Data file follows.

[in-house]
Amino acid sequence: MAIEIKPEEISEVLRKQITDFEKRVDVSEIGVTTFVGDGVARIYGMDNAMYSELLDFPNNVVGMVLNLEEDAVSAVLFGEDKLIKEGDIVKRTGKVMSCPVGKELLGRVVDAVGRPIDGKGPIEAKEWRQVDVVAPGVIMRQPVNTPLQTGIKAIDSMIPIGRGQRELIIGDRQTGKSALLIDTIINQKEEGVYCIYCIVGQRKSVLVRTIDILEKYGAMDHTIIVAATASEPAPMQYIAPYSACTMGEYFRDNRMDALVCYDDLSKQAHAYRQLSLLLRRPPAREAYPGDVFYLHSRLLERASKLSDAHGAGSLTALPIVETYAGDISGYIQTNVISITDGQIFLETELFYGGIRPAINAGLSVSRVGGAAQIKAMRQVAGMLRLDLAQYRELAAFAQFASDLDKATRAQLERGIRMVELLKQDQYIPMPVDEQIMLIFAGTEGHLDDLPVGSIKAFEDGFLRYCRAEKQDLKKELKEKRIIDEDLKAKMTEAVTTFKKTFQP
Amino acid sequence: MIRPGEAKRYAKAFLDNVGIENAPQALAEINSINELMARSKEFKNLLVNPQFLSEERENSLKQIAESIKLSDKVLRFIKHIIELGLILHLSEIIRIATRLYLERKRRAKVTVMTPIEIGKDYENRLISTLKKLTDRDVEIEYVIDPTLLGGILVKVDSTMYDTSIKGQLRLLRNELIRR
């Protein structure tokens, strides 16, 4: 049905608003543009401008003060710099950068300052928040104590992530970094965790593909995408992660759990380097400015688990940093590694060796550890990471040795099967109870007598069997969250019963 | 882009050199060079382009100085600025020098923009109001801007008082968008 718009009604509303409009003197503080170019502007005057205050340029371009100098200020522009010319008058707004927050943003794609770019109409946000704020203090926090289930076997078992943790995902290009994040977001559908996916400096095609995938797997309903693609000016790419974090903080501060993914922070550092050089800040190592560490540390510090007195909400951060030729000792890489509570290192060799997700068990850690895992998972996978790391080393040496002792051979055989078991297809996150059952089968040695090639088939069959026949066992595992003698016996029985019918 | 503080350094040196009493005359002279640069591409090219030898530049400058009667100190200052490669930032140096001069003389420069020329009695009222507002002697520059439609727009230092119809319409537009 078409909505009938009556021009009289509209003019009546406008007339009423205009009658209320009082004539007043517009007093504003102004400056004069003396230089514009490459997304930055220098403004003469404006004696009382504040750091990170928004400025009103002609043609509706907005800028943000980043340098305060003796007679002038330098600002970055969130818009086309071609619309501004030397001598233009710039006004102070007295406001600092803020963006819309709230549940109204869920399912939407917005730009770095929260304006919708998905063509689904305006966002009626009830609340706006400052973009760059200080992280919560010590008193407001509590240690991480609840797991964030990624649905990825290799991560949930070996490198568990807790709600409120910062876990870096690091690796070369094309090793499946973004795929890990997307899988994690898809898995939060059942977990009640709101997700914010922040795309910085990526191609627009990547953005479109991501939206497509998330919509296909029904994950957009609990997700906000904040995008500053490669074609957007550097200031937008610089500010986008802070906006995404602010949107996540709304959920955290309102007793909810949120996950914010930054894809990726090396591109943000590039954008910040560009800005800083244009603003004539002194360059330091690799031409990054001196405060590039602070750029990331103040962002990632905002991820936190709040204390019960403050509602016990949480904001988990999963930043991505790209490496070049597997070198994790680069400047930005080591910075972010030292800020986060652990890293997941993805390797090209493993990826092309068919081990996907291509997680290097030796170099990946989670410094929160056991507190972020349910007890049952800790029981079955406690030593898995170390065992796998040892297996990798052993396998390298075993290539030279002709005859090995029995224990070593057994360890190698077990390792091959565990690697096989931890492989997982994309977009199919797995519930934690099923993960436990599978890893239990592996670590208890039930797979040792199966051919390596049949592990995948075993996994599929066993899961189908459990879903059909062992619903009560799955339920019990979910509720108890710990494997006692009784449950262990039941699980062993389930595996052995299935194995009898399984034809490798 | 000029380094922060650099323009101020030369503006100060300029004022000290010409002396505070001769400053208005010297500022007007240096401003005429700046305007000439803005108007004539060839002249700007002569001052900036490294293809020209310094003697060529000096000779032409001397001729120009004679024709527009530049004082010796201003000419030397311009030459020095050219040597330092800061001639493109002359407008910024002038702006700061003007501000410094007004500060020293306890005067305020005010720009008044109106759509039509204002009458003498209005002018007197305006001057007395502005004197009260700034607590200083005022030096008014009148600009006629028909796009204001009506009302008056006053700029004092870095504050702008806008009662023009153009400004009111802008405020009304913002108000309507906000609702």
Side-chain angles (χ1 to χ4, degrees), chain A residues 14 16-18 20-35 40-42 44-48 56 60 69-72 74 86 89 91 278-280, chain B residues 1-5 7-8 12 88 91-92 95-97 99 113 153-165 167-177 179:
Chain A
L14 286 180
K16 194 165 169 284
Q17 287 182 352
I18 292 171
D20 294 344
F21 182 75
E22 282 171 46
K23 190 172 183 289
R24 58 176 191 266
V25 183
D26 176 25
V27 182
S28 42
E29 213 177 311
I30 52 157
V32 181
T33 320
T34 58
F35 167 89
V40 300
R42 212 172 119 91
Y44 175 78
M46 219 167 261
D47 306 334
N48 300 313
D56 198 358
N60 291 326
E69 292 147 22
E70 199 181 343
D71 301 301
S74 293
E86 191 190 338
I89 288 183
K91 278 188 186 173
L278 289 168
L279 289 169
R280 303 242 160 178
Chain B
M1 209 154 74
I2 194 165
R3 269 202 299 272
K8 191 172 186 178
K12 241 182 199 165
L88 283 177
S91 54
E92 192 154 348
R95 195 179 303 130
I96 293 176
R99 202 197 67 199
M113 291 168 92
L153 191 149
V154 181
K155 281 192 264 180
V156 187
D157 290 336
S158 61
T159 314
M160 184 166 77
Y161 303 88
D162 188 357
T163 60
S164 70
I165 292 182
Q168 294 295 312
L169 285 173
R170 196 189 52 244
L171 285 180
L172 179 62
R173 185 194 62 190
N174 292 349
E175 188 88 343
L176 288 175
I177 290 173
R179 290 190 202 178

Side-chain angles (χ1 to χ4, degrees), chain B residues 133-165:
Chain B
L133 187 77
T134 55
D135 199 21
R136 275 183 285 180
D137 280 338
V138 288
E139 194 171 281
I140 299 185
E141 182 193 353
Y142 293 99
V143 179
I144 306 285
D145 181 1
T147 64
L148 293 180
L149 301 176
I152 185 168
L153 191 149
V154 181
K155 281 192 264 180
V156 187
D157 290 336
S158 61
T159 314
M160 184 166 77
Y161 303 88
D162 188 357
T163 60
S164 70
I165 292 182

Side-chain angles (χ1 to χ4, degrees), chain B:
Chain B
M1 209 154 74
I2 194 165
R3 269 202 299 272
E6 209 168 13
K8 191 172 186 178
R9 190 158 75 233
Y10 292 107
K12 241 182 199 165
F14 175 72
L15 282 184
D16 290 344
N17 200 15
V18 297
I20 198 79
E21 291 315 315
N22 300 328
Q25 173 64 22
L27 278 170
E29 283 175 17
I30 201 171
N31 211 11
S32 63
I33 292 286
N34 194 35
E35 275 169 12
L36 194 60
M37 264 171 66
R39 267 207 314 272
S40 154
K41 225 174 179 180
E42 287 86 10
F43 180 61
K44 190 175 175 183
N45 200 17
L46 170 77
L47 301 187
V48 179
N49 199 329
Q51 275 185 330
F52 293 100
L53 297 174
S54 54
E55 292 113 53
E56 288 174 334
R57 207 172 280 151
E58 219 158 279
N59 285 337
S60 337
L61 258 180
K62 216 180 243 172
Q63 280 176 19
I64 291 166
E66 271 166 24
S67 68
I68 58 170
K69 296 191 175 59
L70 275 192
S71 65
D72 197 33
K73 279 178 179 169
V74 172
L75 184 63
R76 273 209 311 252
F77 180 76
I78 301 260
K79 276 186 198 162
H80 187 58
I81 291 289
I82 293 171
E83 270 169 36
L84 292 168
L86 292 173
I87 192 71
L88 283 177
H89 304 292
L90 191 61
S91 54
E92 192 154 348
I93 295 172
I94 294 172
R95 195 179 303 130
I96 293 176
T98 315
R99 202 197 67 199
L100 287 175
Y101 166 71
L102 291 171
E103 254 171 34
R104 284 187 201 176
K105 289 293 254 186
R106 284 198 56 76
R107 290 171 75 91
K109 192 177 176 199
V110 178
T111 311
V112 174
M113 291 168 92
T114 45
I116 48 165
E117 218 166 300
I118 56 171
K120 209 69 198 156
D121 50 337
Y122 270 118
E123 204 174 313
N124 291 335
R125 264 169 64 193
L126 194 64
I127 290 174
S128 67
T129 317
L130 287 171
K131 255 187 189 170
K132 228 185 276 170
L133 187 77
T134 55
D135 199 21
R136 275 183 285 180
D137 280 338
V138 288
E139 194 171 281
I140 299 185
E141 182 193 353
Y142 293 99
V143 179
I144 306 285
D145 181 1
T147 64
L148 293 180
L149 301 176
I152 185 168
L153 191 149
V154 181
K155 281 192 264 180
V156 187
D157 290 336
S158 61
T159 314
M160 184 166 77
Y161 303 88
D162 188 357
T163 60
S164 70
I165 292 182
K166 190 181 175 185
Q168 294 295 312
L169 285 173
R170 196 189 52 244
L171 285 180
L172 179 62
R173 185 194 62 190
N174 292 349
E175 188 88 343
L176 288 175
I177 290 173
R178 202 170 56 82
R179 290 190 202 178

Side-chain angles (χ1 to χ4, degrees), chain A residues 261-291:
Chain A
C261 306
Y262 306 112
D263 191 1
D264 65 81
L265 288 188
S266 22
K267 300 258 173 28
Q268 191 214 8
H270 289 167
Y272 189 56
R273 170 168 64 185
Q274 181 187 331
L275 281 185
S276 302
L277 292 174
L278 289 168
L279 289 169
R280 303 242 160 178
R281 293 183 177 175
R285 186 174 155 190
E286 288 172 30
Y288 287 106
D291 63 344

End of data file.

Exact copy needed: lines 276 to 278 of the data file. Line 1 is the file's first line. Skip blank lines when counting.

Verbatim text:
D263 191 1
D264 65 81
L265 288 188